It helps me to try and make sense of how evangelical scholars like Ware, Grudem et al. have gotten to where they’ve gotten by taking a look at the history of ideas. What evangelical thinkers did at the turn of the 20th century and onward was attempt to throw away all of the “higher-critical” stuff we see described in Gabler’s declarations, but hold onto the naturalist non-confessional reading of Scripture when it comes to the discipline of biblical studies. I personally believe that this is what is funding the mood that allows Ware and Grudem et al. to get to where they get in regard to eternal functional subordination between the Father and Son in their inner life (in se). Because pro-Nicene theology, and historic Christian confessional thinking and engagement with Holy Scripture does not.

[1] Gerhard Hasel, Old Testament Theology: Basic Issues in the Current Debate (Grand Rapids, Michigan: William B. Eerdmans Publishing Company, 1989), 21-2.

‘First Adam’ ‘Second Adam’: And Barth’s Canon within the ‘Canon’

I was just reading Everett F. Harrison’s commentary on Romans in The Expositor’s Bible Commentary; in particular I was reading his coverage of Romans 5:12-14, I was motivated to look over some commentaries I have on hand because of the discussion surrounding the historicity of Adam amongst some contemporary biblical exegetes (like Peter Enns and others). Of course, and rightly so, most commentators are not going to be engaging in speculation about whether Adam was a historical personage or not; instead, the steady exegete will seek to lay bare the intent of the genesisparticular passage’s message as understood (intra and intertextually) through the theology, in our instance, of the Apostle Paul. In light of this, I wanted to focus on Harrison’s own exegesis of Paul in Romans 5:12-14 juxtaposed with what he thinks is Karl Barth’s reading of this same pericope; in particular, what Harrison thinks of Barth’s understanding of the person of Adam vis-á-vis the person of Jesus Christ as Paul’s ‘second Adam’. Here is the text in question:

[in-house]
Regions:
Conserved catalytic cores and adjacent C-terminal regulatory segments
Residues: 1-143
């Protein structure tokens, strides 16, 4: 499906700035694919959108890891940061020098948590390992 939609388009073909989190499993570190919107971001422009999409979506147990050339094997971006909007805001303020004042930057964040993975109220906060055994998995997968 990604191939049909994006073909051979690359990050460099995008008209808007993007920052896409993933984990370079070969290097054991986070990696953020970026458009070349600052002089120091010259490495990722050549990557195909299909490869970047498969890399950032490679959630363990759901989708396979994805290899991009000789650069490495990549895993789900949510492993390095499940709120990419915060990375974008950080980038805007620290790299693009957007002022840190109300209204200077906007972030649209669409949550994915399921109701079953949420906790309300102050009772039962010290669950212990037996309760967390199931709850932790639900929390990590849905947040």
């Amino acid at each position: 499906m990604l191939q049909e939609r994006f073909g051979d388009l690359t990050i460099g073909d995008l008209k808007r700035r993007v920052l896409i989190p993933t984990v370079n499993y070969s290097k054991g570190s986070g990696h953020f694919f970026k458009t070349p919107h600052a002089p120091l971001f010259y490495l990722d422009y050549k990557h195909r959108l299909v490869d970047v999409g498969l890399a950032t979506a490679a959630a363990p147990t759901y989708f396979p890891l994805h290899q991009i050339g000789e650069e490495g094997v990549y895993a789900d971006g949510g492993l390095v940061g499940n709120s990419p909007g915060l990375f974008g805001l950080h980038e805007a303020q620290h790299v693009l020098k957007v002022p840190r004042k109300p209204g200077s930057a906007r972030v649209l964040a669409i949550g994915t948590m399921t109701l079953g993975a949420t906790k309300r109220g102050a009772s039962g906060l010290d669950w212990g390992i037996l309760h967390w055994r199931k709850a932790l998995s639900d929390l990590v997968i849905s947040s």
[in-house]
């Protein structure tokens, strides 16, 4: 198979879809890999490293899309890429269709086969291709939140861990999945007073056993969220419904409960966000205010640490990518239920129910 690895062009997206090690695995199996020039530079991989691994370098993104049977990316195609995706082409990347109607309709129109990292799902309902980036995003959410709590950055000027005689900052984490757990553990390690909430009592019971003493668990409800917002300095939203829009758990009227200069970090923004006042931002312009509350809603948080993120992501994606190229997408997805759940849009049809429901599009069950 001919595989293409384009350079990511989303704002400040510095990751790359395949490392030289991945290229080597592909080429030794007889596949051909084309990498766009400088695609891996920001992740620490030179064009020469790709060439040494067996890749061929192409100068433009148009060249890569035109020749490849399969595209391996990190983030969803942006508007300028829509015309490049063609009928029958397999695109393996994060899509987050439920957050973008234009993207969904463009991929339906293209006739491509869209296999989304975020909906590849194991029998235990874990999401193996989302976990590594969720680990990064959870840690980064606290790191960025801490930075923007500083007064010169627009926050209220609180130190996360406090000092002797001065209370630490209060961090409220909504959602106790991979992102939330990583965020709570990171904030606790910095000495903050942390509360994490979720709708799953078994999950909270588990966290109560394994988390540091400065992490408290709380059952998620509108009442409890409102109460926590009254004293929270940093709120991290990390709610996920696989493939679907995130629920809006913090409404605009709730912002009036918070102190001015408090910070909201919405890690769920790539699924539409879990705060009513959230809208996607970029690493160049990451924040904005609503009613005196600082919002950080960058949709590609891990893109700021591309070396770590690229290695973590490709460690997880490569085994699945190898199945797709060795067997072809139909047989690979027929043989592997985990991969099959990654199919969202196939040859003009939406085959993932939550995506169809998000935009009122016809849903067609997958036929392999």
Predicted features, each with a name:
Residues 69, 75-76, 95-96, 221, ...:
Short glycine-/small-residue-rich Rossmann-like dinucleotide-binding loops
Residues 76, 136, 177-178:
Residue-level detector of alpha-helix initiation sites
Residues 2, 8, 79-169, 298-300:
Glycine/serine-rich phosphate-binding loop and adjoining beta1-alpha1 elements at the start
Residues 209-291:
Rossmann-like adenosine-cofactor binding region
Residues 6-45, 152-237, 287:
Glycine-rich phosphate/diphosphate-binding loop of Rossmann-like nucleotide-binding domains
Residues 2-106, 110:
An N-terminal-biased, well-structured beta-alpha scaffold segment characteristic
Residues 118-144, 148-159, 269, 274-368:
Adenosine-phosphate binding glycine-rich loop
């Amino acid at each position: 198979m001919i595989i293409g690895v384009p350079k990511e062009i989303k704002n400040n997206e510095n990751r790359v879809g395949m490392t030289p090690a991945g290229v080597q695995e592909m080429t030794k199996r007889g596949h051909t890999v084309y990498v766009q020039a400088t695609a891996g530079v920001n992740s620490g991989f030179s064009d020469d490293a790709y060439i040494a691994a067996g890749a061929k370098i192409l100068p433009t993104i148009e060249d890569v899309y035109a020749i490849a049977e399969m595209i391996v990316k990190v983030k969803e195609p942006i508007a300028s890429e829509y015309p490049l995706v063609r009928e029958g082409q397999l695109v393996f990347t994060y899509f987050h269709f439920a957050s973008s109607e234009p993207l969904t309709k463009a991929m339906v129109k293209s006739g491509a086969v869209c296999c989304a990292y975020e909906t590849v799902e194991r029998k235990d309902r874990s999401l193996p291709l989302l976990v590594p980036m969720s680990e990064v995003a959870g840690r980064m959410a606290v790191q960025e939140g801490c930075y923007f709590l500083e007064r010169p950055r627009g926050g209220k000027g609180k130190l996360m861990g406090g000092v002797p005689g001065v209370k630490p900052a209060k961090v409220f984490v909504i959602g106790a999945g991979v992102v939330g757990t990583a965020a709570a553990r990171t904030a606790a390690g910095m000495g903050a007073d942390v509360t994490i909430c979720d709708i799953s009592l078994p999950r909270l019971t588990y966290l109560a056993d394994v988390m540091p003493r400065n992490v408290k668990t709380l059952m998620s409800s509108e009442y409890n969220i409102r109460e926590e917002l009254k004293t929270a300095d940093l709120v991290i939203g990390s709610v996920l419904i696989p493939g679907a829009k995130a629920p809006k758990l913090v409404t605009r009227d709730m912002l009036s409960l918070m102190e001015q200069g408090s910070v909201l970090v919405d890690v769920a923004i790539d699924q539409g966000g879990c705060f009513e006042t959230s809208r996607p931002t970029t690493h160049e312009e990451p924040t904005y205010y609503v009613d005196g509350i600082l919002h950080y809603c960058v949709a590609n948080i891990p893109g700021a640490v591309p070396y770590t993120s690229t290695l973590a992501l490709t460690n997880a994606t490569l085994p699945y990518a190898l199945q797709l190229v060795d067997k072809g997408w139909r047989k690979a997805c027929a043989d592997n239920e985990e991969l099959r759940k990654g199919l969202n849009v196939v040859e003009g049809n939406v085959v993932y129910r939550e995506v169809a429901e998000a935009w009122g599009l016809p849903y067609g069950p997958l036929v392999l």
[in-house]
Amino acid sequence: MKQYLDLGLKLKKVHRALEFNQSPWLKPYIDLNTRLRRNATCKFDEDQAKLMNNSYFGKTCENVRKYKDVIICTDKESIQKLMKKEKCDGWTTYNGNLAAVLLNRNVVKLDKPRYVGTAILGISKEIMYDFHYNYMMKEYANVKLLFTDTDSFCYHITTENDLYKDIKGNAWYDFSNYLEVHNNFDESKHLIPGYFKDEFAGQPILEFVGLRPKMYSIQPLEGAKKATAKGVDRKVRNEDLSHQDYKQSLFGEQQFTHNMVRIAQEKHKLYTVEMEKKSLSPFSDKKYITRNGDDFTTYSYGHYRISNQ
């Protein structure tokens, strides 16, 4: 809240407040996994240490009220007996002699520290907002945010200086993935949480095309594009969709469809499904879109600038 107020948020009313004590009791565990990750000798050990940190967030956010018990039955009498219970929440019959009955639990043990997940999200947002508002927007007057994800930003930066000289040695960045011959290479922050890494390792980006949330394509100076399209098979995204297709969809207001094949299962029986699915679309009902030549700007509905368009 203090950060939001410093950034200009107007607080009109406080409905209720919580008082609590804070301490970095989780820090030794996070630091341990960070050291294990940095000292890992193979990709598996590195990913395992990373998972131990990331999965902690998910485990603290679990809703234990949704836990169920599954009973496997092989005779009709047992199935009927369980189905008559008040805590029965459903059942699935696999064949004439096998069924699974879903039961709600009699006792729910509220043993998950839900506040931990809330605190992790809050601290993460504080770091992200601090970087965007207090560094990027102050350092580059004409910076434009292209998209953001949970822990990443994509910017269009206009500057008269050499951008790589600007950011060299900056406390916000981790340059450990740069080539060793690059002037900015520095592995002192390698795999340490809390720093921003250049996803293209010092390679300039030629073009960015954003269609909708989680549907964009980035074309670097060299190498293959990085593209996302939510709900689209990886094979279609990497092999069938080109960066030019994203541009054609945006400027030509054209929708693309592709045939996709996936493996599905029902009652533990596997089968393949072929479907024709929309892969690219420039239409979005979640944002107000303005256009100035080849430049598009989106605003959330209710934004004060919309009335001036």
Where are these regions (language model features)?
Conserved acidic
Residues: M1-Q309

12 Therefore, just as sin entered the world through one man, and death through sin, and in this way death came to all people, because all sinned — 13 To be sure, sin was in the world before the law was given, but sin is not charged against anyone’s account where there is no law. 14 Nevertheless, death reigned from the time of Adam to the time of Moses, even over those who did not sin by breaking a command, as did Adam, who is a pattern of the one to come. –Romans 5:12-14 (NIV)